A serological pipette is a laboratory instrument used for the precise measurement and transfer of relatively large volumes of liquids. It is designed for accuracy and repeatability and is commonly used in scientific and medical laboratories for various applications.
Serological pipettes are typically single-use or disposable to prevent cross-contamination between samples. Sterile serological pipettes are often supplied with a cotton or foam plug at the top to prevent spillage.
Measuring Liquid Volume: The primary function of a serological pipette is to accurately measure and transfer a specific volume of liquid. This is achieved by drawing the liquid into the pipette through the top orifice and reading the volume at the meniscus (the curved surface of the liquid in the pipette) at the desired graduation mark.
Dispensing Liquid: After measuring the liquid, the serological pipette can be used to dispense the measured volume into another container, such as a test tube, flask, or a microplate. This is often critical in various laboratory processes, including cell culture, chemical analysis, and molecular biology.
Precise and Reproducible: Serological pipettes are designed to provide high precision and reproducibility in volume measurements. They are particularly useful when working with biological samples, reagents, or chemicals that require accurate and consistent handling.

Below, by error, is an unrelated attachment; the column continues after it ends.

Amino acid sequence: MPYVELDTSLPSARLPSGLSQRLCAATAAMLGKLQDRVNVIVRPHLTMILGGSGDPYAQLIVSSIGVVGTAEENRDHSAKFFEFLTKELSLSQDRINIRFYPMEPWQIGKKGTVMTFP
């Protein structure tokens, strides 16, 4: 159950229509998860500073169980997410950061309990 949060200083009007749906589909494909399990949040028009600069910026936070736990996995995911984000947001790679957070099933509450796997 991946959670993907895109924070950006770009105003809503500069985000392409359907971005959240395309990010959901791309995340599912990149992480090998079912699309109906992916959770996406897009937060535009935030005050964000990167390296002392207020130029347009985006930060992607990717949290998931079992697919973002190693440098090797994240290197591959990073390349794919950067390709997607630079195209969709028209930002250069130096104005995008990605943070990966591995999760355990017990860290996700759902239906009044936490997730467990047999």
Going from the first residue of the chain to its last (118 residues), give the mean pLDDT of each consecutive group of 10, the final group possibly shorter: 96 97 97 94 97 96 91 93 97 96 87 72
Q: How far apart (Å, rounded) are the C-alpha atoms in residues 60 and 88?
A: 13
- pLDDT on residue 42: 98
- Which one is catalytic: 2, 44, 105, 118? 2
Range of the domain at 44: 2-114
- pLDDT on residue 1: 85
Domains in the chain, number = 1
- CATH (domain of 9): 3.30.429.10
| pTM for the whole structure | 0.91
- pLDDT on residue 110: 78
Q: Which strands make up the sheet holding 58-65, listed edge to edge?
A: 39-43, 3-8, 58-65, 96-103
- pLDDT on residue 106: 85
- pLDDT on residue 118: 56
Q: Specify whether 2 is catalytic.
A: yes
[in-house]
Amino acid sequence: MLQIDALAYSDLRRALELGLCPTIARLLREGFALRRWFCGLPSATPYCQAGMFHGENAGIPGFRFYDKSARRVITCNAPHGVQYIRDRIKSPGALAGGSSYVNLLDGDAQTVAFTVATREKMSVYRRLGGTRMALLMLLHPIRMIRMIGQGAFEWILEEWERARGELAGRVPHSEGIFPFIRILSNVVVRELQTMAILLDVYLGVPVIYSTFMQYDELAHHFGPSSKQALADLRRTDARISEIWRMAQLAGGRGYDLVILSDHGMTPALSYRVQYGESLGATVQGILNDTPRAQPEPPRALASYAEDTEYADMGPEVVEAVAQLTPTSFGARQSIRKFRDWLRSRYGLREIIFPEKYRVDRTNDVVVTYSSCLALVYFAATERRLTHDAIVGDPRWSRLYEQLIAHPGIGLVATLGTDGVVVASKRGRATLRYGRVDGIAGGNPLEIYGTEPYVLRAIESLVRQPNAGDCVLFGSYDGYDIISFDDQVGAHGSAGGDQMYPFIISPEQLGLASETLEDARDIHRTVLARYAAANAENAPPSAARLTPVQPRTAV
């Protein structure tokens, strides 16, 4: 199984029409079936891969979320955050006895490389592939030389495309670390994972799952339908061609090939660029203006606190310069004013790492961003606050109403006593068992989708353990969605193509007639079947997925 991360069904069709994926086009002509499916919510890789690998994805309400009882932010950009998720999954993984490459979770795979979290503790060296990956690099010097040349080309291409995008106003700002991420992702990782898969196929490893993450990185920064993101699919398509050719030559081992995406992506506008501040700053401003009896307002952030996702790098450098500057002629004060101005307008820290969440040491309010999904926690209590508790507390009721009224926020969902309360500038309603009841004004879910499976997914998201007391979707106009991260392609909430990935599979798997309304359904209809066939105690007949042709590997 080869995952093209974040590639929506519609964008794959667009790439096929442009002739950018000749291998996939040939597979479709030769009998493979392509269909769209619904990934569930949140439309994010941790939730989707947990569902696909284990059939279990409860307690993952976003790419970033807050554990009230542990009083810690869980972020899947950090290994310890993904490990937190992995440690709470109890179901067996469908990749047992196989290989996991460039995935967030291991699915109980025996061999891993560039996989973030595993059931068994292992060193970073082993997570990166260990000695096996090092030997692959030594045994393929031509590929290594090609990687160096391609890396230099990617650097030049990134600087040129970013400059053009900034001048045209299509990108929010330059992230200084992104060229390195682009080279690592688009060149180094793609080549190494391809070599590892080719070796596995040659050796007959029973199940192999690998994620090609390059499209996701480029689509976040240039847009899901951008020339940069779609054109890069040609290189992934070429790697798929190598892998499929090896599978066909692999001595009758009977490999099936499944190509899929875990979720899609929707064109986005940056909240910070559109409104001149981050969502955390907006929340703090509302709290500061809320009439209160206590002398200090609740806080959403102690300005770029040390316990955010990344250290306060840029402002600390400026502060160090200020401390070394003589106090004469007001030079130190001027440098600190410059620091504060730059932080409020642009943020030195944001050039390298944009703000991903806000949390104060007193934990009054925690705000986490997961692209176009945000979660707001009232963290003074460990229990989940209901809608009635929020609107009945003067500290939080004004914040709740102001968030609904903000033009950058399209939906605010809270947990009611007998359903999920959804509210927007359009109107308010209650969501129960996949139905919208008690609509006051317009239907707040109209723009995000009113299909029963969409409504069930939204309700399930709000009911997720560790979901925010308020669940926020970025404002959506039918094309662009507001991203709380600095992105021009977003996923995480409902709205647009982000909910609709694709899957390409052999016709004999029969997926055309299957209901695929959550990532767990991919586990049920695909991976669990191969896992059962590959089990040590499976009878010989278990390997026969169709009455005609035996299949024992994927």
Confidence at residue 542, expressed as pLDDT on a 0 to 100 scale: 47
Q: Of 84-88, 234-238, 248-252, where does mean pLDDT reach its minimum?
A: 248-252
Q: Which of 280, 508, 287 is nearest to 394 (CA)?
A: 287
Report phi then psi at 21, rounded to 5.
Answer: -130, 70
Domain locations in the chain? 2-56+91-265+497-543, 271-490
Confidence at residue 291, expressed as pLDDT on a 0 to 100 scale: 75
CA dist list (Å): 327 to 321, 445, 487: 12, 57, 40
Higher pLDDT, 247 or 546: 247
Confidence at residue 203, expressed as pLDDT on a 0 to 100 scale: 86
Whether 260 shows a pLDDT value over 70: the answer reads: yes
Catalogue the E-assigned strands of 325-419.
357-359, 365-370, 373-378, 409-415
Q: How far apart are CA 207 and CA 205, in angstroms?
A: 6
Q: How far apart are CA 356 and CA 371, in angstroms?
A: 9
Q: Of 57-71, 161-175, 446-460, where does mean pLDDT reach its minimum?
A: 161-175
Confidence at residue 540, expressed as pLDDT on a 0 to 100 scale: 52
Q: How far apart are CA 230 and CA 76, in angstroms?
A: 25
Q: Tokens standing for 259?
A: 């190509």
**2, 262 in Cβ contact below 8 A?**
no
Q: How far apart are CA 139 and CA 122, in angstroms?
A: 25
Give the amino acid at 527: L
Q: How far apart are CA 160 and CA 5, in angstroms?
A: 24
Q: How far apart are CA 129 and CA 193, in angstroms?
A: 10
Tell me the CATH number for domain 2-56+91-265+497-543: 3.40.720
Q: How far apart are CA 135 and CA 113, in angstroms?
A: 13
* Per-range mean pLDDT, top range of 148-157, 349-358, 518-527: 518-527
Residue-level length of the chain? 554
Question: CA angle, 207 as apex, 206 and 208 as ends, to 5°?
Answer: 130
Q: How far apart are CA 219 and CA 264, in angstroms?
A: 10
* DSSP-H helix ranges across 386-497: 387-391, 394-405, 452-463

Aseptic Techniques: In medical and biological laboratories, serological pipettes are commonly used for aseptic techniques, such as transferring sterile media, cell suspensions, or other biological samples without introducing contaminants.
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A Mohr pipette, also known as a Mohr burette or Mohr pipet, is a type of laboratory glassware used for precisely measuring and dispensing variable volumes of liquids in a titration or analytical chemistry setting. It is named after the German chemist Karl Friedrich Mohr, who invented this type of pipette.
The primary function of a Mohr pipette is to accurately measure and dispense variable volumes of liquid, which is particularly important in titration procedures. In a titration, a known volume of a solution with a precisely known concentration (the titrant) is added to another solution to determine the concentration of an analyte or a specific component in the second solution. The graduated scale and stopcock of the Mohr pipette allow the user to precisely measure and deliver specific volumes of the titrant, making it an essential tool in analytical chemistry.
Mohr pipettes and serological pipettes are both laboratory instruments used for liquid measurement and transfer, but they have distinct differences in terms of design, application, and functionality.
Mohr Pipette: Mohr pipettes are typically made of glass and have a tapered, cylindrical shape. They have a graduated scale along their length, often with fine subdivisions. At the bottom, they have a stopcock or a tap for precise control of liquid flow.